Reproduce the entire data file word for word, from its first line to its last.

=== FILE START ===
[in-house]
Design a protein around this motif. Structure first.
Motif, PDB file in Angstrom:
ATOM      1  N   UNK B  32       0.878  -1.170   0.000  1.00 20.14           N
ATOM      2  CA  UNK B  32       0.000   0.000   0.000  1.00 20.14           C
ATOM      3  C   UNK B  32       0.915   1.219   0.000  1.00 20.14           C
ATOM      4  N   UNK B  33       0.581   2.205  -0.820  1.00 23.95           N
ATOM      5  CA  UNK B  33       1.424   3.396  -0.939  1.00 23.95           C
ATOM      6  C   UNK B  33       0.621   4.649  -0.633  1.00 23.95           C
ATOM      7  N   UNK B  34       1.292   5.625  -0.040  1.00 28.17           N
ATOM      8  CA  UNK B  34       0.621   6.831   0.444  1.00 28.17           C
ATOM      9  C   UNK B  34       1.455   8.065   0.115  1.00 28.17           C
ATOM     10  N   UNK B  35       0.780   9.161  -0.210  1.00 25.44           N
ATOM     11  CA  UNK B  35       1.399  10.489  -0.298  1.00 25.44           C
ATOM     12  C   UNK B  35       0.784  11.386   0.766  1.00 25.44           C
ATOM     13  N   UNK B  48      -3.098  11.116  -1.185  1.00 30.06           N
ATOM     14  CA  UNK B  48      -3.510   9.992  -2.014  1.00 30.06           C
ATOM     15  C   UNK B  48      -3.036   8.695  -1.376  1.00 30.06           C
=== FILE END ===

[in-house]
Design a protein around this motif. Structure first.
Motif, PDB file in Angstrom:
ATOM      1  N   UNK B  32       0.878  -1.170   0.000  1.00 20.14           N
ATOM      2  CA  UNK B  32       0.000   0.000   0.000  1.00 20.14           C
ATOM      3  C   UNK B  32       0.915   1.219   0.000  1.00 20.14           C
ATOM      4  N   UNK B  33       0.581   2.205  -0.820  1.00 23.95           N
ATOM      5  CA  UNK B  33       1.424   3.396  -0.939  1.00 23.95           C
ATOM      6  C   UNK B  33       0.621   4.649  -0.633  1.00 23.95           C
ATOM      7  N   UNK B  34       1.292   5.625  -0.040  1.00 28.17           N
ATOM      8  CA  UNK B  34       0.621   6.831   0.444  1.00 28.17           C
ATOM      9  C   UNK B  34       1.455   8.065   0.115  1.00 28.17           C
ATOM     10  N   UNK B  35       0.780   9.161  -0.210  1.00 25.44           N
ATOM     11  CA  UNK B  35       1.399  10.489  -0.298  1.00 25.44           C
ATOM     12  C   UNK B  35       0.784  11.386   0.766  1.00 25.44           C
ATOM     13  N   UNK B  48      -3.098  11.116  -1.185  1.00 30.06           N
ATOM     14  CA  UNK B  48      -3.510   9.992  -2.014  1.00 30.06           C
ATOM     15  C   UNK B  48      -3.036   8.695  -1.376  1.00 30.06           C